As 2024 gets underway, ZZ Top and Lynyrd Skynyrd will be continuing their “Sharp Dressed Simple Man Tour,” an amalgamation of ZZ Top’s “Sharp Dressed Man” and Lynyrd Skynyrd’s “Simple Man.” It causes me to wish that somewhere, someone would combine Neil Diamond’s “Sweet Caroline” with the Beach Boys’ “Caroline, No” to start a “Sweet Caroline, No” movement.
If you are a sports fan, it is almost impossible not to be chased down somewhere by the admittedly happy and upbeat “Sweet Caroline,” complete with “ba, ba, ba” and “so good, so good, so good” thrown into the mix. What started innocuously at Fenway Park in 1997 has now become a global, musical virus at sporting venues. Don’t get me wrong: I have always enjoyed “Sweet Caroline.” Its rollout at Red Sox games — making it part of the Fenway Park experience — was fine with me. But now it is seemingly everywhere — the University of Pittsburgh, the Carolina Panthers, England soccer, cricket and rugby matches, Jim Beam commercials (to name a few), and a somewhat creepy Adobe commercial with a young girl named Caroline. Did they not listen to the lyrics?
It has even found its way into sports theater. I attended a play entitled “Dear England” in London recently starring Joseph Fiennes as England soccer manager Gareth Southgate that ended with a rousing rendition of “Sweet Caroline” in which the theater crowd joined. (The play’s run ended January 13, so no spoiler here.) A feel-good moment, no doubt, but we are far past the saturation point.
One problem I have with the whole trend of sports teams adopting the signature song of another sports team is that it prevents a team from sports musical innovation. There is nothing amoral or unethical in adopting another team’s signature song, but why take the lazy way out? We Stanford alums were somewhat aghast when USC started playing “All Right Now” (by the English band Free) after each touchdown, which the Stanford band had done for at least a decade before.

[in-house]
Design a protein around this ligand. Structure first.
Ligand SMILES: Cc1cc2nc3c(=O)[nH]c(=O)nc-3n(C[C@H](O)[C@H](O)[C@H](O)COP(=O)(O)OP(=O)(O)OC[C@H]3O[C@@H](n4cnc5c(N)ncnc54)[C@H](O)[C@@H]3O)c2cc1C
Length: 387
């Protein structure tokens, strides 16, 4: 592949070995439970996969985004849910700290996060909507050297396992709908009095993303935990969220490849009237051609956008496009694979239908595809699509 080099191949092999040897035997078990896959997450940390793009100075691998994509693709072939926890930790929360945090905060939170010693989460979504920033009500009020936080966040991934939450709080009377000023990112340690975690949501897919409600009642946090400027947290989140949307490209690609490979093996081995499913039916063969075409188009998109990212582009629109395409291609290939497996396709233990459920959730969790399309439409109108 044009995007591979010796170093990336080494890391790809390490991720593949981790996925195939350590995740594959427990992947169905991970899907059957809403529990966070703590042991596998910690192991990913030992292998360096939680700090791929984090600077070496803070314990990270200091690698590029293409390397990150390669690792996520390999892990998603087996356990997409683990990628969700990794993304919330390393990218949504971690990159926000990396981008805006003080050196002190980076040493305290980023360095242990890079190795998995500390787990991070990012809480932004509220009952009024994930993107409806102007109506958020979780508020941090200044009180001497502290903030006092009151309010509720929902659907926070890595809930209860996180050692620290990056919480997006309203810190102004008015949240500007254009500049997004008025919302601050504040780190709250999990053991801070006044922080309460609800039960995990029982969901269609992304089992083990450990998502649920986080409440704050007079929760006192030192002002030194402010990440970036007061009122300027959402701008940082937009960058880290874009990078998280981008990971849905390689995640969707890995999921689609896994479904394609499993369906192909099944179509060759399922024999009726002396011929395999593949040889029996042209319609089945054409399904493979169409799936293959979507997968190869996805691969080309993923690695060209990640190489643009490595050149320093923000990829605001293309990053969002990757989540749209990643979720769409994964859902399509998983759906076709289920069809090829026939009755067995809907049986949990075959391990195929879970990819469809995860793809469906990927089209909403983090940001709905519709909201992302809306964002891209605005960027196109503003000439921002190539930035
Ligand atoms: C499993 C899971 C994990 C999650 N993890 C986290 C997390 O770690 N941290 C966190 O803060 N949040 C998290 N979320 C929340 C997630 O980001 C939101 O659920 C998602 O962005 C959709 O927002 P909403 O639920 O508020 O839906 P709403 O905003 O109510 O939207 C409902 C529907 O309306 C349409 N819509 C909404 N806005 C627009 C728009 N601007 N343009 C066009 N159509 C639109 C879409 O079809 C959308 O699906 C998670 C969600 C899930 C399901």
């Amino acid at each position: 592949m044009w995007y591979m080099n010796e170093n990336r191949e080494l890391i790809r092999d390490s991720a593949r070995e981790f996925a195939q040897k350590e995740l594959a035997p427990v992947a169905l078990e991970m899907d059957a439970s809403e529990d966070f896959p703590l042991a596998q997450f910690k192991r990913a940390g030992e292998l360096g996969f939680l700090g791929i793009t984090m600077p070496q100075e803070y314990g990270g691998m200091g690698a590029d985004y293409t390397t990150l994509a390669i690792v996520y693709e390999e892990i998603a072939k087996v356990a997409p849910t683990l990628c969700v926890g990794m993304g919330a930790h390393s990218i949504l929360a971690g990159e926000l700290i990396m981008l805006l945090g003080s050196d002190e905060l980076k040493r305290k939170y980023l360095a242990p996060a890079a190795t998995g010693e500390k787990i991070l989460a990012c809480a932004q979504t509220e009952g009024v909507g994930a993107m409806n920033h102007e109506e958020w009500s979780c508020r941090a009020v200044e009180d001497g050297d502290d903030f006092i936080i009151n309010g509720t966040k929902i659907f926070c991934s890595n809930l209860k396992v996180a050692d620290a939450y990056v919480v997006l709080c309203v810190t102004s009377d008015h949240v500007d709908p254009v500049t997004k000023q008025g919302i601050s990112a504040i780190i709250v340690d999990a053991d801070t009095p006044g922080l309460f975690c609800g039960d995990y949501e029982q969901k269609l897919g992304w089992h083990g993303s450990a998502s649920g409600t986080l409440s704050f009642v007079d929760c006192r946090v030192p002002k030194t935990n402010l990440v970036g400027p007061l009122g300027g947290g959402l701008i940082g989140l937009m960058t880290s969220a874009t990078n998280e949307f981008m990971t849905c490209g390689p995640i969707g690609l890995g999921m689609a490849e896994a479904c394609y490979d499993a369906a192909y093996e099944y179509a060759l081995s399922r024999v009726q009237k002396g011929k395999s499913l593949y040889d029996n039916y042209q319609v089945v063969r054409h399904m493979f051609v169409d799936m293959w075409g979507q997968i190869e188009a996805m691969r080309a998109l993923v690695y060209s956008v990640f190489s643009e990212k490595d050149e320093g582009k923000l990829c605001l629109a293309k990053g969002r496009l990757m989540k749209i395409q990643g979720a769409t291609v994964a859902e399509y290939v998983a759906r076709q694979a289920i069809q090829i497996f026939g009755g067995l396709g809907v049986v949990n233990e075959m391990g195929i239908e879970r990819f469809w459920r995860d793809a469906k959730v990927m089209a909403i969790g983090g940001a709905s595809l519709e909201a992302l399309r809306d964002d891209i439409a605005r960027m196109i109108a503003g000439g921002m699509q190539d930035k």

I will note that I do not have a problem with the use of a conventional and simple guitar riff being played at multiple sports venues. The opening chords of the Rolling Stones’ “Start Me Up” is the perfect accompaniment to the initial puck drop at an NHL game, and many arenas use it. It’s short, punchy and somehow doesn’t seem as insidious as “Sweet Caroline” has become. I am also fine with “We Are the Champions” being played for the champions — if, indeed, they are the “champions of the world” and not just of a single nation (e.g., the USA).
As his iconic song “Hallelujah” was starting to suffer from overexposure, Leonard Cohen once remarked: “It’s a good song. But too many people sing it.” Perhaps Neil Diamond could encourage a moratorium, or at least a dialing down, of “Sweet Caroline,” but he would seemingly have little incentive to do so. Or perhaps sports teams could be a little more creative in finding a song that appeals to their fan base. The Chicago Blackhawks, for instance, imported “Chelsea Dagger” (which admittedly had been deployed by several soccer teams in the UK) and used it to great effect during their Stanley Cup runs in the 2010s. That, of course, caused other hockey teams in the college and pro ranks to start using it as well. However, it has a long way to go to reach the saturation point that “Sweet Caroline” has.
I hereby offer a challenge to sports franchises and venues to experiment with the music that might fuse well with their own team, and eschew the musical cliché. That would be “so good, so good, so good.”
Bob Latham is a partner at the law firm Jackson Walker, L.L.P., and a World Rugby board member. A compilation of his best columns titled “Winners & Losers: Rants, Riffs and Reflections on the World of Sports,” is available for purchase at amazon.com.